“Anyways, it ain’t been easy here on my own. I work two jobs, for this store durin’ the week and waitress for a diner not far from here on Friday and Saturday nights, but my aunt she don’t charge me much rent, and I don’t waste the few bucks I make. And Iris is on her own. Goes to school at night and works over at D’Amato’s. Lives with a roommate at a family friend’s place for almost nuttin’. So, she does all right, ’cept now she’s so sick.”
“Jenny tells me they think she has mono. I hope she’s getting better.”
“You ask me, those doctors ain’t really got no friggin’ clue what the fuck she’s got, but I forced her to come and stay here, so I can keep an eye on her and make sure she gets back on her feet.”
“Do you think I can have a quick word with her.”
“Wait. You says you’re a lawyer and you’re Mick’s cousin. You ain’t that pain in the ass chooch that bugs the hell outa Iris at work?”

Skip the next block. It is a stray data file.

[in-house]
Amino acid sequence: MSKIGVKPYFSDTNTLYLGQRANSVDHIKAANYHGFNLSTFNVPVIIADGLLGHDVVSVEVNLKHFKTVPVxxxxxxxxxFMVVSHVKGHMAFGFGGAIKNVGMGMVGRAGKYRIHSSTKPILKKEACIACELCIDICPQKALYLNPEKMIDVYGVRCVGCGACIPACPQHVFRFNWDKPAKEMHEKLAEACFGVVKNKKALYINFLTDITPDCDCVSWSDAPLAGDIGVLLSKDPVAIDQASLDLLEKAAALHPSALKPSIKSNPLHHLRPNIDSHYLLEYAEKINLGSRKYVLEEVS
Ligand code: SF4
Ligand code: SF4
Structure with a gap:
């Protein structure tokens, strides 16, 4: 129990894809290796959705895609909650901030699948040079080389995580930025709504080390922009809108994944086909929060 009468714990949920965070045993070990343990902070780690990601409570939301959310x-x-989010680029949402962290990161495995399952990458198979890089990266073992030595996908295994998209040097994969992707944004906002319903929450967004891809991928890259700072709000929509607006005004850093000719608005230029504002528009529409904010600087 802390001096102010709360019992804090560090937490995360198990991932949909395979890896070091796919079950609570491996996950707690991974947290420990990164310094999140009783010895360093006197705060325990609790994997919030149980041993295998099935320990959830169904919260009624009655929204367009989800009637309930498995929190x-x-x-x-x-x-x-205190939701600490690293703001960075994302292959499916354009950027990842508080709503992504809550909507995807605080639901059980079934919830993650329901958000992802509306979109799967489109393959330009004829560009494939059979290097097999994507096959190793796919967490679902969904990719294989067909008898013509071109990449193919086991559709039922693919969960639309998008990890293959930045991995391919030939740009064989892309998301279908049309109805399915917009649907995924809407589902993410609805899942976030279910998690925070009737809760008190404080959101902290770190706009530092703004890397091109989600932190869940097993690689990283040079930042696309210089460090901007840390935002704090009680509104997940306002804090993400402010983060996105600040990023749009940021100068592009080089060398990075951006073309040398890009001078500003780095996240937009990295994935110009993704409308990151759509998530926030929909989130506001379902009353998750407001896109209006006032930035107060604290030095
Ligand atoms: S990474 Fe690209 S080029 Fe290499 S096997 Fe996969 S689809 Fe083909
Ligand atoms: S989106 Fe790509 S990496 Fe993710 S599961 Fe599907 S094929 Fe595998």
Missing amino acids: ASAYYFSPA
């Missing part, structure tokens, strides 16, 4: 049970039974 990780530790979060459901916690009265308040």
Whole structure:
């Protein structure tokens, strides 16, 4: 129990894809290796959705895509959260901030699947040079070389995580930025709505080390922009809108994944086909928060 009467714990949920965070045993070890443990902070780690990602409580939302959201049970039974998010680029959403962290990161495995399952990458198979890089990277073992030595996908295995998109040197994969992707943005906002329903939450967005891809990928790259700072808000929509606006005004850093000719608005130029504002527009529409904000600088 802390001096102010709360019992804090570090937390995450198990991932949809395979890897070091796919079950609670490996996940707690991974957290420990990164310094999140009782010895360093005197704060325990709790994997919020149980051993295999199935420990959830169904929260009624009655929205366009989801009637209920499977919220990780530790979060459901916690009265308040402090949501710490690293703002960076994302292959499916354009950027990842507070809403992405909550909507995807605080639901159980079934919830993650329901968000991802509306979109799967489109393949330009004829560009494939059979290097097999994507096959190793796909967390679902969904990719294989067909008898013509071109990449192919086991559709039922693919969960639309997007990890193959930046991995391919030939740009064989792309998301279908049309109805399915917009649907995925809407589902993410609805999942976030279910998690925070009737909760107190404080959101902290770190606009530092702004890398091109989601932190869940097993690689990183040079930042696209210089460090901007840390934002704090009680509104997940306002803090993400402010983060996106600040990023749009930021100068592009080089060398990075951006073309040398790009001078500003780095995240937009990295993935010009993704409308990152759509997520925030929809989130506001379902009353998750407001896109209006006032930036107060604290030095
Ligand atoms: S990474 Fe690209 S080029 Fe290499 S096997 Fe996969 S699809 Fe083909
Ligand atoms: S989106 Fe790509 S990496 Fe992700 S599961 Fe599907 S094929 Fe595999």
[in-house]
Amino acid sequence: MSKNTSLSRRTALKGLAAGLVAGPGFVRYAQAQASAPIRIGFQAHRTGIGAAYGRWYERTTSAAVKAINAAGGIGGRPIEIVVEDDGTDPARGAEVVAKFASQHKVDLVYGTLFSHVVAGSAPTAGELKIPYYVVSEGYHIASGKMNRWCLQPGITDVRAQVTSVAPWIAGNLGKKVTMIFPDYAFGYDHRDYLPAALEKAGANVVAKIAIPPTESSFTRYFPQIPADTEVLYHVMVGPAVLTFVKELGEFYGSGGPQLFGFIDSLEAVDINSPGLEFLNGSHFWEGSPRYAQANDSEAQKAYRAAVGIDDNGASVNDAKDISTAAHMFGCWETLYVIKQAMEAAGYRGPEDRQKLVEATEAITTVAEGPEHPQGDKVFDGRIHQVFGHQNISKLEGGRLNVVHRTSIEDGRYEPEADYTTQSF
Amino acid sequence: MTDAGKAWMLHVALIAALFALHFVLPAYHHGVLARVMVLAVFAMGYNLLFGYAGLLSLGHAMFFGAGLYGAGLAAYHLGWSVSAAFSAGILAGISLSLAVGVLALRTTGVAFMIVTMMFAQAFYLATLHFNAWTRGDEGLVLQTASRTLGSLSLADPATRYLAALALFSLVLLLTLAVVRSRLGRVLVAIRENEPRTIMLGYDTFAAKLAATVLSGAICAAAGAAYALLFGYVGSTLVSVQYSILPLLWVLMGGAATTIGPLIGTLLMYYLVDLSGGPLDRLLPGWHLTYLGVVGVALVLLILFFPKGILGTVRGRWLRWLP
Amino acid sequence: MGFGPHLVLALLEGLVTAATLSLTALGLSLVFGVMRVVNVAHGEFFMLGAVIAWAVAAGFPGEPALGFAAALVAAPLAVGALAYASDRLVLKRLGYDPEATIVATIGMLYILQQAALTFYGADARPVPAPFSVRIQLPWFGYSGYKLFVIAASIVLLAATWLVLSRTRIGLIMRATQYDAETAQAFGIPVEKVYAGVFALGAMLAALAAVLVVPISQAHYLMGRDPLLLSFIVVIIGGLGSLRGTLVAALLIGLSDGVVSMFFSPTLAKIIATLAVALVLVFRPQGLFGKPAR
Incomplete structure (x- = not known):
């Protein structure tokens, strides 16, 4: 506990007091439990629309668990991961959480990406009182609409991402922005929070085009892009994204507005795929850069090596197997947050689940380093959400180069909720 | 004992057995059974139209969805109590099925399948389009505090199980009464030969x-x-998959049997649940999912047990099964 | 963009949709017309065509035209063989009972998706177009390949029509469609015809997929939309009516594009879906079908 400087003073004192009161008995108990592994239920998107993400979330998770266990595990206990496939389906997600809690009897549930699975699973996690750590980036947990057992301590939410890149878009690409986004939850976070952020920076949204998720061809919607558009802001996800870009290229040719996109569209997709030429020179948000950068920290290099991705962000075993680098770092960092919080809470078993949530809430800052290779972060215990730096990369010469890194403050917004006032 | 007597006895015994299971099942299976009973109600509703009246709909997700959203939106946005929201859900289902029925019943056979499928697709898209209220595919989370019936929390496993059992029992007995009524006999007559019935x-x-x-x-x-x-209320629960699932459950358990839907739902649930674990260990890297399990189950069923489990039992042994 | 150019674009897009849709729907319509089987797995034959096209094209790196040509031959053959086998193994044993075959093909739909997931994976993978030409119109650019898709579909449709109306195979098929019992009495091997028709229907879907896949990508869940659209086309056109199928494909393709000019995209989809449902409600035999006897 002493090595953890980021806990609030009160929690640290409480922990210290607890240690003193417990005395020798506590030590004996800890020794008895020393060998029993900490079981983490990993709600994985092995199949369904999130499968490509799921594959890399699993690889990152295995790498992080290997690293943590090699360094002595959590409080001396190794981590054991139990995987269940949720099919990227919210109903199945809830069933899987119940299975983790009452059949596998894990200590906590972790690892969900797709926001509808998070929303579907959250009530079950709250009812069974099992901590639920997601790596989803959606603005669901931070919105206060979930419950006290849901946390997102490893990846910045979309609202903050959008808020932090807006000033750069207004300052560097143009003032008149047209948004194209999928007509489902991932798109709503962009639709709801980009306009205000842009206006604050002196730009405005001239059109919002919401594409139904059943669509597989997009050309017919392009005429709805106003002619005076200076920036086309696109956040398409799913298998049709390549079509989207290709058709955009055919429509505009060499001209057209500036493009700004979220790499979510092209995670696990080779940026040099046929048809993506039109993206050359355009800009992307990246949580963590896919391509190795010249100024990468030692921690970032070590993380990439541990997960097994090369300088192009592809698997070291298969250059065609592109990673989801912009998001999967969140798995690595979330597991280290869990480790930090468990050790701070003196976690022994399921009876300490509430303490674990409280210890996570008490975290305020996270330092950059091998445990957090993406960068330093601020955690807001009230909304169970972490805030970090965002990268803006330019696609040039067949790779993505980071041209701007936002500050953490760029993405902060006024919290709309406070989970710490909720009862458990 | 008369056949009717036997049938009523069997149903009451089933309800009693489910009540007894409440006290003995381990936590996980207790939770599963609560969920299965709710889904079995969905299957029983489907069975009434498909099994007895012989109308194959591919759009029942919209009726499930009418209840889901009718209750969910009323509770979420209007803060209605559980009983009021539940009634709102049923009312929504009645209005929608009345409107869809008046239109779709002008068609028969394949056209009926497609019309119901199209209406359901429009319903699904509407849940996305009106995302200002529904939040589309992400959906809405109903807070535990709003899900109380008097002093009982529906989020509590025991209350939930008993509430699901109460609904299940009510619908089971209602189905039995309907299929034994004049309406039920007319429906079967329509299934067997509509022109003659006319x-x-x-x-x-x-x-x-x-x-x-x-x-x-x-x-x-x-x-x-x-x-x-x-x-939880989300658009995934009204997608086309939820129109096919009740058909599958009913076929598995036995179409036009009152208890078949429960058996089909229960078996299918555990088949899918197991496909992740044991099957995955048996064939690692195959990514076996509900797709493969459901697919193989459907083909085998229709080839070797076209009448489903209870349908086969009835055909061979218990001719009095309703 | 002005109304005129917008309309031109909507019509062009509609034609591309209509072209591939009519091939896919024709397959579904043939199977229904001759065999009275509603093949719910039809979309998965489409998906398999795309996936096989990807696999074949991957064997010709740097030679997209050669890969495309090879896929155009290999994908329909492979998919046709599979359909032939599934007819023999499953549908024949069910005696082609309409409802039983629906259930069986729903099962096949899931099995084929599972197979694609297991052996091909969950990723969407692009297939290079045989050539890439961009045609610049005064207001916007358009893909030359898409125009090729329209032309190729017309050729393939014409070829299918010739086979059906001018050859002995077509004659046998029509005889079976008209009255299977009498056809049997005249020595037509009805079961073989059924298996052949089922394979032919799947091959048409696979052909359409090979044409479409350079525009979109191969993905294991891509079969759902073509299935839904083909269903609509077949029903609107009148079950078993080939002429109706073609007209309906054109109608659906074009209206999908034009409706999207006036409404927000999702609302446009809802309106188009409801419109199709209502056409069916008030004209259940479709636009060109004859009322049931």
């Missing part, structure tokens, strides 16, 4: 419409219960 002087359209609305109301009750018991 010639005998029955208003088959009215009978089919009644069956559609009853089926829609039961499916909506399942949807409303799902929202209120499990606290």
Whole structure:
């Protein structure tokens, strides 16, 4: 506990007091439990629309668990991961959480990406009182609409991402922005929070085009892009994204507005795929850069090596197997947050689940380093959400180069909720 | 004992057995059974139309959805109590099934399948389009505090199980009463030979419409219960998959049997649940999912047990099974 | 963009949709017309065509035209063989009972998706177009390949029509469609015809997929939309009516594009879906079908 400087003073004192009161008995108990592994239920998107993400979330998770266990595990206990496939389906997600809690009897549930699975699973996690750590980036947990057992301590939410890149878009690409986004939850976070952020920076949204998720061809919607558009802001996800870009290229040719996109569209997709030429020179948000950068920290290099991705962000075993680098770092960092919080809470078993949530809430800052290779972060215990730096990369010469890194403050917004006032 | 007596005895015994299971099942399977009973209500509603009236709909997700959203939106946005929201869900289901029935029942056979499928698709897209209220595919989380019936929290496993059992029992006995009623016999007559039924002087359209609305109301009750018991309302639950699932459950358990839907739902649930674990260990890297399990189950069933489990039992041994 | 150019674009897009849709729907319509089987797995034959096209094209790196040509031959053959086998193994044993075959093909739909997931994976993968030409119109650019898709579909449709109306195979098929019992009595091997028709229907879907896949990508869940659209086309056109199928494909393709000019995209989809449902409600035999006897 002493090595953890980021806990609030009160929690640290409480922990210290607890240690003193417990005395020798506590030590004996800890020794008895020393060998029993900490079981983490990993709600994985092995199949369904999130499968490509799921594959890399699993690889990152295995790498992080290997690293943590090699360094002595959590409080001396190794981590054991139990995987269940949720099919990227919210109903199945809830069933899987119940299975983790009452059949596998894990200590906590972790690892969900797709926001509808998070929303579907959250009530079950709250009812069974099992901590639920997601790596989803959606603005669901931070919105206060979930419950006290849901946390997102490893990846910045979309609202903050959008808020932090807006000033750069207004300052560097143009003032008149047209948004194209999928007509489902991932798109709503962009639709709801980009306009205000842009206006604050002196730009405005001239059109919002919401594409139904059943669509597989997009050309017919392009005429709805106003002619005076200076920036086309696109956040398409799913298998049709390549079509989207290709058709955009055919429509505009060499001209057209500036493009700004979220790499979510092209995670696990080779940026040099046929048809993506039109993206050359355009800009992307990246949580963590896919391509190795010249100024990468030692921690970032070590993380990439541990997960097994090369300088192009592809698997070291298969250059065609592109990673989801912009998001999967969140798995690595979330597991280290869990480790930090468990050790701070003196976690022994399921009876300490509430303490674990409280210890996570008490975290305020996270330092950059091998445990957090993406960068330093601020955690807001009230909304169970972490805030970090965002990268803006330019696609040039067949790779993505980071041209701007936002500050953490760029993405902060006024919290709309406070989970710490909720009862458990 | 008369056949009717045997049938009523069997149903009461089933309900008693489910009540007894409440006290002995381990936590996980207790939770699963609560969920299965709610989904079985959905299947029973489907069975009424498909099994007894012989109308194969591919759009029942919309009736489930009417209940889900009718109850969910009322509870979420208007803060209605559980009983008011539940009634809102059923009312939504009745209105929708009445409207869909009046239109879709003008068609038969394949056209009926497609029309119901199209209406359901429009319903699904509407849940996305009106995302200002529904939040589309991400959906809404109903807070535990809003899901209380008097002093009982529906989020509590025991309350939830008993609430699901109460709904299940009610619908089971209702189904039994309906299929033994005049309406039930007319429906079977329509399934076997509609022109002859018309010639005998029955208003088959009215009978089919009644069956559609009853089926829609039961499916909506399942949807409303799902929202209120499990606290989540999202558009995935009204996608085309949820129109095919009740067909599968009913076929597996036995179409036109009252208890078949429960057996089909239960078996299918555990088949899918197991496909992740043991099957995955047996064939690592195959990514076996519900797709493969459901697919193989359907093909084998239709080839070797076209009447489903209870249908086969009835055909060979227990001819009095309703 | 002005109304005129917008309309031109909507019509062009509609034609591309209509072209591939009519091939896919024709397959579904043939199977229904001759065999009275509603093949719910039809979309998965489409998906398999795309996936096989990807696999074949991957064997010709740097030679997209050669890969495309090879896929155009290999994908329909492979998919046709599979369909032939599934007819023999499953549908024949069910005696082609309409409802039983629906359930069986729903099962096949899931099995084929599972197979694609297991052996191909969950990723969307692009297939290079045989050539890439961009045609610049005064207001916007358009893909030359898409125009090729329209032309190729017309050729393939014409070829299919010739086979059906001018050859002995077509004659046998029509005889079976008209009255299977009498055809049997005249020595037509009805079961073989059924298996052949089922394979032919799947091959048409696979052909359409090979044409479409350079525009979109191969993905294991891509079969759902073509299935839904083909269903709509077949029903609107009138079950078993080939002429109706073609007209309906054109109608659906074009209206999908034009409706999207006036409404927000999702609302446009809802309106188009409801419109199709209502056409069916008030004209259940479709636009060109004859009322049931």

“No, Mick has two cousins who are lawyers, me and Eli Ativa. You and I went to school the same time. Eli’s from the neighborhood too but went to public school. It’s Eli who runs his law practice from D’Amato’s.”
“If both you and this asshole Eli are Mick’s cousins, how come your last names ain’t the same?”
“That’s because Mick’s dad and my dad are brothers, and Eli’s mom and Mick’s mom are sisters. Eli and I are not related.”
“That goddamn neighborhood is somethin’. Everyone’s connected with each other in so many different ways.
“Anyways, it’s real nice to talk with you, Al, but again why you callin’ me?”